Care of the Flower Garden
Creating your own garden is not a project that will be accomplished in a day or two, unless you are prepared to spend a lot of money to pay for landscape designers and a landscape crew.
These professionals do beautiful work, but in my mind the finished product will only reflect their own ideas, concepts and personality. It will be their dream garden, residing on your property.
Knowing how to manage for your flower garden may make a big difference in the look and over-all health of your plants. Here are a few simple suggestions to make your garden blossom with health:
1. The essentials must always be given major consideration.
Your flower garden must have an enough supply of water, sunlight, and fertile soil. Any lack of these primary requisites will greatly affect the health of plants. Water the flower garden more often during dry spells.
While planting bulbs, make certain they go at the correct depth. When planting out bushes and perennials, be sure that you don’t heap soil or mulch up around the stem. If you do, water will drain off besides sinking in, and the stem could develop rot through overheating.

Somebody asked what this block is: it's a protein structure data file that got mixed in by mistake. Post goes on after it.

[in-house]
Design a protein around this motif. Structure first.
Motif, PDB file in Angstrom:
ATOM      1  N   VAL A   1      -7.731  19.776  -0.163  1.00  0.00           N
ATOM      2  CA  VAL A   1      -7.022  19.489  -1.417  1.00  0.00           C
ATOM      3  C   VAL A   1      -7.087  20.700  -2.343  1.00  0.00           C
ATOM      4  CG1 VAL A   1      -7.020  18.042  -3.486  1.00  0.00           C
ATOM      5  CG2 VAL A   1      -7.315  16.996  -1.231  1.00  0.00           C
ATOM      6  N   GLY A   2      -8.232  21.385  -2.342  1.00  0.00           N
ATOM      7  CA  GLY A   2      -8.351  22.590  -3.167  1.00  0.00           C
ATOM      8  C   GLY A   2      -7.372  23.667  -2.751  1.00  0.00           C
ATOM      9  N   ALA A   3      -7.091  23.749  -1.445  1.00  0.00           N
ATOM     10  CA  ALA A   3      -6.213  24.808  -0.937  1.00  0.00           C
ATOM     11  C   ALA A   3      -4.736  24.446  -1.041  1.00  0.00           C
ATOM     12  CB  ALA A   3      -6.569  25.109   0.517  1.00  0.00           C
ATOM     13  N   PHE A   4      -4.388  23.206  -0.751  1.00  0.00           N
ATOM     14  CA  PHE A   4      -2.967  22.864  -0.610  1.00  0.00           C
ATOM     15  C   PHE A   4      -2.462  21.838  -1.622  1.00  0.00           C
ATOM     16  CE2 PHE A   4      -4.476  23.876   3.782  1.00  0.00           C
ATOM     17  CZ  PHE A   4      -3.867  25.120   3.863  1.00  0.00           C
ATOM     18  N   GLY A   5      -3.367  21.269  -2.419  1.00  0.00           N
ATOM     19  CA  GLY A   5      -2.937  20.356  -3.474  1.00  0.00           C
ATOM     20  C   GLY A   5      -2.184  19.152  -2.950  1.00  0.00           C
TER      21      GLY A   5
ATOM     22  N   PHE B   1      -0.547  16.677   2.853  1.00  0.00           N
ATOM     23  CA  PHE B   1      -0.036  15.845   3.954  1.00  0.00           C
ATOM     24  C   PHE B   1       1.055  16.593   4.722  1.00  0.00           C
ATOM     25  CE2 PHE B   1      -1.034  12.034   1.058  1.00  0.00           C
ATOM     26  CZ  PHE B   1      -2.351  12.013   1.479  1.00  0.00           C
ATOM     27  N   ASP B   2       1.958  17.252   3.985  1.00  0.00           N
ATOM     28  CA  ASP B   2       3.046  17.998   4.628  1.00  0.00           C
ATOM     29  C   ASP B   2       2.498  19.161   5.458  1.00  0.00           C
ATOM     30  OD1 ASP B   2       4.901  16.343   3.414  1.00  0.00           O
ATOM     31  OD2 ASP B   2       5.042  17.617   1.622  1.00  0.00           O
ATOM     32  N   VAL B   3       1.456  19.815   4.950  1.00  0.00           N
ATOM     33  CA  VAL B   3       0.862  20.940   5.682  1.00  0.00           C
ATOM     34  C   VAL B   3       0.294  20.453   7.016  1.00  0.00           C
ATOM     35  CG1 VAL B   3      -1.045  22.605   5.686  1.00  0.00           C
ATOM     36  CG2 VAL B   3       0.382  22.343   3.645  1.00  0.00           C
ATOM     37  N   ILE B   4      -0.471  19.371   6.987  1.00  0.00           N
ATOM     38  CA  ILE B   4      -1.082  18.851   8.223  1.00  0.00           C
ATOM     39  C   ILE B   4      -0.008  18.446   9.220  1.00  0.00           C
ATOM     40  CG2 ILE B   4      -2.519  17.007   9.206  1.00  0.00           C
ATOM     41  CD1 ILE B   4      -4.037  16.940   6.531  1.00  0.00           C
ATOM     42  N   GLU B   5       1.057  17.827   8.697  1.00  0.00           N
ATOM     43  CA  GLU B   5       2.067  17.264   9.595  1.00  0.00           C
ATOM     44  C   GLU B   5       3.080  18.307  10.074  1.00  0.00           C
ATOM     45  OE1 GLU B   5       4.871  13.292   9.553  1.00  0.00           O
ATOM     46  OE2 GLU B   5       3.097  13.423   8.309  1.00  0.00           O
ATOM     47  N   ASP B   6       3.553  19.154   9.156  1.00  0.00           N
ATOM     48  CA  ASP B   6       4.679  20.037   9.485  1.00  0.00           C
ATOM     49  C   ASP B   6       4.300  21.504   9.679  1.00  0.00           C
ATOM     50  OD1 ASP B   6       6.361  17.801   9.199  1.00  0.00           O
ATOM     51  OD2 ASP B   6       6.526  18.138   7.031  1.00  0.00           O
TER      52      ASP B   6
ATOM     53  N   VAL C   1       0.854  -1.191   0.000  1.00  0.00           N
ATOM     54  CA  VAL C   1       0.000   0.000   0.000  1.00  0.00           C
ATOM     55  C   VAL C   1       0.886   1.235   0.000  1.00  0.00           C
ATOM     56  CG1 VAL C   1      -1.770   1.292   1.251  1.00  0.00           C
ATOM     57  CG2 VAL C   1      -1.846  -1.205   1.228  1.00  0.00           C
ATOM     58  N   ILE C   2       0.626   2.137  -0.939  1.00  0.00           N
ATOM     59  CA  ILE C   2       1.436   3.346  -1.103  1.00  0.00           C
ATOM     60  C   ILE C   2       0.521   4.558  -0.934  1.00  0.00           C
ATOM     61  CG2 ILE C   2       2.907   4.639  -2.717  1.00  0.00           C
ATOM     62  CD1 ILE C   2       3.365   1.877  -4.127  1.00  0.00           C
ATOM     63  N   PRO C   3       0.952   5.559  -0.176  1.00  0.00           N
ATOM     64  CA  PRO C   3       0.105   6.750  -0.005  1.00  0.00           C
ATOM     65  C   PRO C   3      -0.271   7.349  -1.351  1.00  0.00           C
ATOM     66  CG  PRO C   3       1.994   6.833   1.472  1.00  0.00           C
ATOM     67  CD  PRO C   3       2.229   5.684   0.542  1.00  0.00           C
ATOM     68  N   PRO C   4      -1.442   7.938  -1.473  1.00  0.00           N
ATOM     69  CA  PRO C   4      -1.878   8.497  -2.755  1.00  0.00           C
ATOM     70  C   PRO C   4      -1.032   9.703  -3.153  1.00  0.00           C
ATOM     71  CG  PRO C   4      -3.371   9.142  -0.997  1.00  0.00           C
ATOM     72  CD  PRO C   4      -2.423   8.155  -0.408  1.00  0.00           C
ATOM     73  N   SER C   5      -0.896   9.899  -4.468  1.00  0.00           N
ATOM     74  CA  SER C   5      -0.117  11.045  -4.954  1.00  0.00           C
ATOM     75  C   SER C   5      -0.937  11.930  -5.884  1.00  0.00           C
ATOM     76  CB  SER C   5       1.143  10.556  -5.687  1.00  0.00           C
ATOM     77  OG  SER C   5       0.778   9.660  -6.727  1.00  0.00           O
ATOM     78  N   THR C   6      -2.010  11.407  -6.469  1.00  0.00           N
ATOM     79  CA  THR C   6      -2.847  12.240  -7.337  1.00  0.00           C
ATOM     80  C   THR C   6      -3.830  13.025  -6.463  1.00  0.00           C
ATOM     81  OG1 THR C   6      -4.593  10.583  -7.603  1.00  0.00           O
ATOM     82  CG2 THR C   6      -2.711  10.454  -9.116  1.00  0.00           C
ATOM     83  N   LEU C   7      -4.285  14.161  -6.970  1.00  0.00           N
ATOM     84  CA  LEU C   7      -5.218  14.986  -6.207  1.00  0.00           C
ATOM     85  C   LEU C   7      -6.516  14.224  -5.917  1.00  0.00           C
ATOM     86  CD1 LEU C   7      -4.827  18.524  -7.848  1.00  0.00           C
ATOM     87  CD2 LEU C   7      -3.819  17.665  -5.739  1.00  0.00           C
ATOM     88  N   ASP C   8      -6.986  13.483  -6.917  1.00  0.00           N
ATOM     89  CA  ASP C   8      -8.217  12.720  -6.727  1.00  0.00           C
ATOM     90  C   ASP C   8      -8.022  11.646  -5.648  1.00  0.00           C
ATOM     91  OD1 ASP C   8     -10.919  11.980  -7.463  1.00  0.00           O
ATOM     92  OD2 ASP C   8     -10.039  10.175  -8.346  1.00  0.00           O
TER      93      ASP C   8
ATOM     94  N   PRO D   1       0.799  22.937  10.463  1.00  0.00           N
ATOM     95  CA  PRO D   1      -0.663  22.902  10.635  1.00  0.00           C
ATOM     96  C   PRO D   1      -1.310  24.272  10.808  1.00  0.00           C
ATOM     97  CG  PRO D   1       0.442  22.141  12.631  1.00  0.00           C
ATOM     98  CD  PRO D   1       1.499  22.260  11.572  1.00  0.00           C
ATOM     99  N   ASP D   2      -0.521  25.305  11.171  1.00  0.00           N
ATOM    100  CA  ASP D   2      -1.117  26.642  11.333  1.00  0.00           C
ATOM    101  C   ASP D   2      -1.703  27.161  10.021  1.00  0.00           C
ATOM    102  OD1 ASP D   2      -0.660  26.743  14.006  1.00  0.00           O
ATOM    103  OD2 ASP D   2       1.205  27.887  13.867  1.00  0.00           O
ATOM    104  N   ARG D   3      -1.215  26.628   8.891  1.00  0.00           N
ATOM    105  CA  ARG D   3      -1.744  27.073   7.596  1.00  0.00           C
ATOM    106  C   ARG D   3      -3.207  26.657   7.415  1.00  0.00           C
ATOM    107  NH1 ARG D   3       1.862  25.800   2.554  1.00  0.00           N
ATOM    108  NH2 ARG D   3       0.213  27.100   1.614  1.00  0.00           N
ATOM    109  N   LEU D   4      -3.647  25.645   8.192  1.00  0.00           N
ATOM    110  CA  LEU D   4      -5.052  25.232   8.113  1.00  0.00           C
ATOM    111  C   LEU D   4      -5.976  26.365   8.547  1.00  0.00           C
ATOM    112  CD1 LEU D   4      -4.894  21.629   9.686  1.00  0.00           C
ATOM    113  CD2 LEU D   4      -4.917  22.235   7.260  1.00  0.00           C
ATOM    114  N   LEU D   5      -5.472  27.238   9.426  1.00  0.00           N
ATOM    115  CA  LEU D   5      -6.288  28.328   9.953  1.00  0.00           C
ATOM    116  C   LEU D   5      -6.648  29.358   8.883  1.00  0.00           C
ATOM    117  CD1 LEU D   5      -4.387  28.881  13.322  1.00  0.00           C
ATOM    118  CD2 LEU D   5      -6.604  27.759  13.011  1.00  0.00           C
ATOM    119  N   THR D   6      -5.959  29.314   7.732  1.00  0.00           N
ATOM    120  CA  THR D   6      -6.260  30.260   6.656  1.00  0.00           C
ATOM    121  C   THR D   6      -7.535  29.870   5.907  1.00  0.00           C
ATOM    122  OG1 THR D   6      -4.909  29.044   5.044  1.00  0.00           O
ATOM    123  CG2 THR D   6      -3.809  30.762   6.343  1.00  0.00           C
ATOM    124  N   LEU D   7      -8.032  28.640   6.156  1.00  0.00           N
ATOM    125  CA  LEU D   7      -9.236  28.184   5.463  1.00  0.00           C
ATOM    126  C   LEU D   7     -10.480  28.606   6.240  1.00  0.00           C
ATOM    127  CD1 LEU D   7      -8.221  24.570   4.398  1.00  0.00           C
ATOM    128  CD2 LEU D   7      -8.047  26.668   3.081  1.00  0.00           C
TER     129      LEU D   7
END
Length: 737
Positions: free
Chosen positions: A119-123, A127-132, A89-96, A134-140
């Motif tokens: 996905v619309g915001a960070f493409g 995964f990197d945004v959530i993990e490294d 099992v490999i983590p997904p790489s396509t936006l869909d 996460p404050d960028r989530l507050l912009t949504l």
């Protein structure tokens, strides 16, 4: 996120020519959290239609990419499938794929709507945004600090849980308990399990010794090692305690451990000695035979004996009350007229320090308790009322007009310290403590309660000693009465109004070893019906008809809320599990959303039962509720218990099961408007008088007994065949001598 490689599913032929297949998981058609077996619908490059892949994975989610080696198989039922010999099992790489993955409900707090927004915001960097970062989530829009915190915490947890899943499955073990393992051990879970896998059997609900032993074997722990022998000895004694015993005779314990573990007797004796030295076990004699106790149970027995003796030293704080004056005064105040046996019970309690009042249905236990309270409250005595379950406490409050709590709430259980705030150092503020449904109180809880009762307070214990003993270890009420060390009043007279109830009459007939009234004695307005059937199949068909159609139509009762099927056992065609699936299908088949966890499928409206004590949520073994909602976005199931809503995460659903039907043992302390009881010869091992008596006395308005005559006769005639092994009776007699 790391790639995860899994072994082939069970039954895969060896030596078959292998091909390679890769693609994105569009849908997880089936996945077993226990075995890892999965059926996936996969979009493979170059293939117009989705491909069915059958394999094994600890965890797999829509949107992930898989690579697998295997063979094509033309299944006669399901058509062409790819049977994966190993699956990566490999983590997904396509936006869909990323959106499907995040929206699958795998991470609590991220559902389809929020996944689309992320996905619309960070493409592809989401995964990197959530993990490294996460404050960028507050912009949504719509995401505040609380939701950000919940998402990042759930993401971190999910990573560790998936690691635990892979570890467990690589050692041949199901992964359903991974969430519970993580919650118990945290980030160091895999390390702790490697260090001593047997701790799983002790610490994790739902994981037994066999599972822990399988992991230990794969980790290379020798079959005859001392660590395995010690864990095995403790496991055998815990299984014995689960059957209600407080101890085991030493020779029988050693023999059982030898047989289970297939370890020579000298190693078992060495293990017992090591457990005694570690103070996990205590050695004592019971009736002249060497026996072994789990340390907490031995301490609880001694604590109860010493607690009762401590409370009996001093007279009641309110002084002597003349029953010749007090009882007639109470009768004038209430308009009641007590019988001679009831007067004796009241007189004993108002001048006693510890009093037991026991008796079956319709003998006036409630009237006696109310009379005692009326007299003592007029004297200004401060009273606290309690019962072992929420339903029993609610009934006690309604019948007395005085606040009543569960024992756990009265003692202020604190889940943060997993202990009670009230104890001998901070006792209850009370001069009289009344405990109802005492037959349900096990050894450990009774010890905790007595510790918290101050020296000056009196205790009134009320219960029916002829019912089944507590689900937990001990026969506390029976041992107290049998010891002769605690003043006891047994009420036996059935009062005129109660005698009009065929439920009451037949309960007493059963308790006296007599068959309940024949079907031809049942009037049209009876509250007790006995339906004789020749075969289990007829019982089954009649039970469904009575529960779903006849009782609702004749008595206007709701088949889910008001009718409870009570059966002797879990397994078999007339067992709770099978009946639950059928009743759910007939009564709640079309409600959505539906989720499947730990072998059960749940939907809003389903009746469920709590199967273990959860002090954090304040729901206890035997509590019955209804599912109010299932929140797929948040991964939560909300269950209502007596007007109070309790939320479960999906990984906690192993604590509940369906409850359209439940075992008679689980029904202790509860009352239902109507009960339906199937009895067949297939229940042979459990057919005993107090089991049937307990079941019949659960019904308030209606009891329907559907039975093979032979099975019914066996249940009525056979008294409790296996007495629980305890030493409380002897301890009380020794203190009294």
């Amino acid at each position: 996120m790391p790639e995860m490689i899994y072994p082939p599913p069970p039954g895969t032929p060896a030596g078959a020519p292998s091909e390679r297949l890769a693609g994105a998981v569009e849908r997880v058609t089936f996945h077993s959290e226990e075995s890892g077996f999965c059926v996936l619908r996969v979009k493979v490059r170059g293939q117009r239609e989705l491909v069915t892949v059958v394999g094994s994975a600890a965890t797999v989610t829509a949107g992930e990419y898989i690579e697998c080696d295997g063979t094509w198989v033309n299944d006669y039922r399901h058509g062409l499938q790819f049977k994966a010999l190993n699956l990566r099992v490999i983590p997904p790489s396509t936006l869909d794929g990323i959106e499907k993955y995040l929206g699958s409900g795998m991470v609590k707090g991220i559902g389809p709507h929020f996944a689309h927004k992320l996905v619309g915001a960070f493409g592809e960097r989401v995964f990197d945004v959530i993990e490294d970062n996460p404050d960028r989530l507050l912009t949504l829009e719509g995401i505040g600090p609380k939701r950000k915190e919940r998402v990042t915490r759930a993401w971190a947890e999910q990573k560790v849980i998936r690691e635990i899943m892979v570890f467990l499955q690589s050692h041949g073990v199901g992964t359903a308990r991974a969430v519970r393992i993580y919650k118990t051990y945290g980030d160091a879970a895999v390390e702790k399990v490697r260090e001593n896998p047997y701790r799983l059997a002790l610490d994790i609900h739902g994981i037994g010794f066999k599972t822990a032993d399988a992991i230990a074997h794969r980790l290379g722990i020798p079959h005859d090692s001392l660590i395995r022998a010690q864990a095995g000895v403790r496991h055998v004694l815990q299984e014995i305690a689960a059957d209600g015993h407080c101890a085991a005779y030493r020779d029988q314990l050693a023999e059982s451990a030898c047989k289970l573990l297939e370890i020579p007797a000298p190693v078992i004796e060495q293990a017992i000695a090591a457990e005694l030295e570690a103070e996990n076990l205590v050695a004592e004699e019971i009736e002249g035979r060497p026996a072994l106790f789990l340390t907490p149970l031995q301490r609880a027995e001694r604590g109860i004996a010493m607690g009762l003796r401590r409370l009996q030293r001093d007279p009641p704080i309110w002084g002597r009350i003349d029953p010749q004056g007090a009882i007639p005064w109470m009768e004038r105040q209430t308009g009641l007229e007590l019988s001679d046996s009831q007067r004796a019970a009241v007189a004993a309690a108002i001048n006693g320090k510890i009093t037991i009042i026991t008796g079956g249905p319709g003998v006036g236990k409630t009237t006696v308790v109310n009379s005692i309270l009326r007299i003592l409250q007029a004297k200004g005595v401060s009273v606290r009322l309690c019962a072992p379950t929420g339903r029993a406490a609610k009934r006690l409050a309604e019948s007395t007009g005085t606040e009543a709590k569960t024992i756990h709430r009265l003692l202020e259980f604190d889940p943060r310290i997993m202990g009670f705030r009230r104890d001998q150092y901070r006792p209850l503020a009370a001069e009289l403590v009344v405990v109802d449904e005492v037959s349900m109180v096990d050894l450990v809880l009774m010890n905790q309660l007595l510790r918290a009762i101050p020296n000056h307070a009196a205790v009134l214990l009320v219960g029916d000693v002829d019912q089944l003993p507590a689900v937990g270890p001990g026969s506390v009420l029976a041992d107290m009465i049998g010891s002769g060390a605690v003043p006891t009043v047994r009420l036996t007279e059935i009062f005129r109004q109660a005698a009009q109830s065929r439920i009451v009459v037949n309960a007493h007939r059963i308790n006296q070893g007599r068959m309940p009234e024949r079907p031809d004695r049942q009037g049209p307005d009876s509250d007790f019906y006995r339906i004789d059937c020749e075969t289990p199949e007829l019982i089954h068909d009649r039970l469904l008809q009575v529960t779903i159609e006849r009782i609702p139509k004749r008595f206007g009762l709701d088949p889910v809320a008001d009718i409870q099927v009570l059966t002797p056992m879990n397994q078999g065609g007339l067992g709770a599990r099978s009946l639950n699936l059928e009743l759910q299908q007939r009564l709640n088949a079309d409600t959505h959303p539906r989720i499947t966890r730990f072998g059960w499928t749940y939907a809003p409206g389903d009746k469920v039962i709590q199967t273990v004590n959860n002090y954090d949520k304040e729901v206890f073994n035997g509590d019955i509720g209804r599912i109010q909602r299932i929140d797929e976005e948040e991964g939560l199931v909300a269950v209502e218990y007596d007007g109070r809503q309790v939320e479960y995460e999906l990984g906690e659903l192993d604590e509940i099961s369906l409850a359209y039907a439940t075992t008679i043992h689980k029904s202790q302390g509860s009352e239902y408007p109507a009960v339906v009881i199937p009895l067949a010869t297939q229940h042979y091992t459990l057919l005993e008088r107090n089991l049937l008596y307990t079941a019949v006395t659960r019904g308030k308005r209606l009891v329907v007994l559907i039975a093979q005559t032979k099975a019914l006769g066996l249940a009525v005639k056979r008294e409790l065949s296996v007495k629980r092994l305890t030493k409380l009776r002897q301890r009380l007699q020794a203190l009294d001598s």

2. Mix and match perennials with annuals.
Perennial flower bulbs need not to be replanted since they grow and blossom for many years while annuals grow and blossom for only one season. Mixing a few perennials with annuals ensures that you’ll always have blossoms coming on.
3. Deadhead to boost more blossoms.
Deadheading is just clipping the flower head after it wilts. This will make the plant grow more flowers. But be sure that you don’t discard the deadhead on the garden or mildew and other plant disease will attack your plants.
4. Know the good from the bad bugs.
Many garden worms do more good than harm. Butterflies, beetles and bees are known pollinators. They fertilize plants through unintentional transfer of pollen from one plant to another. 80% of flowering plants rely on insects for survival.
Sowbugs and dung beetles together with fungi, bacteria and other microorganisms are necessary to aid in the decomposition of dead plant material, thus enriching the soil and making more foods available to raising plants.
Other insects like lacewings and dragonflies are natural predators of those insects that do the actual harm, like aphis.
An occasional application of liquid fertilizer when plants are flowering will keep them blossoming for longer.
Always clip any dead or damaged branches. Fuchsias are particularly prone to snapping when you brush against them. The broken branch can be potted up to give you a new plant, so it won’t be wasted.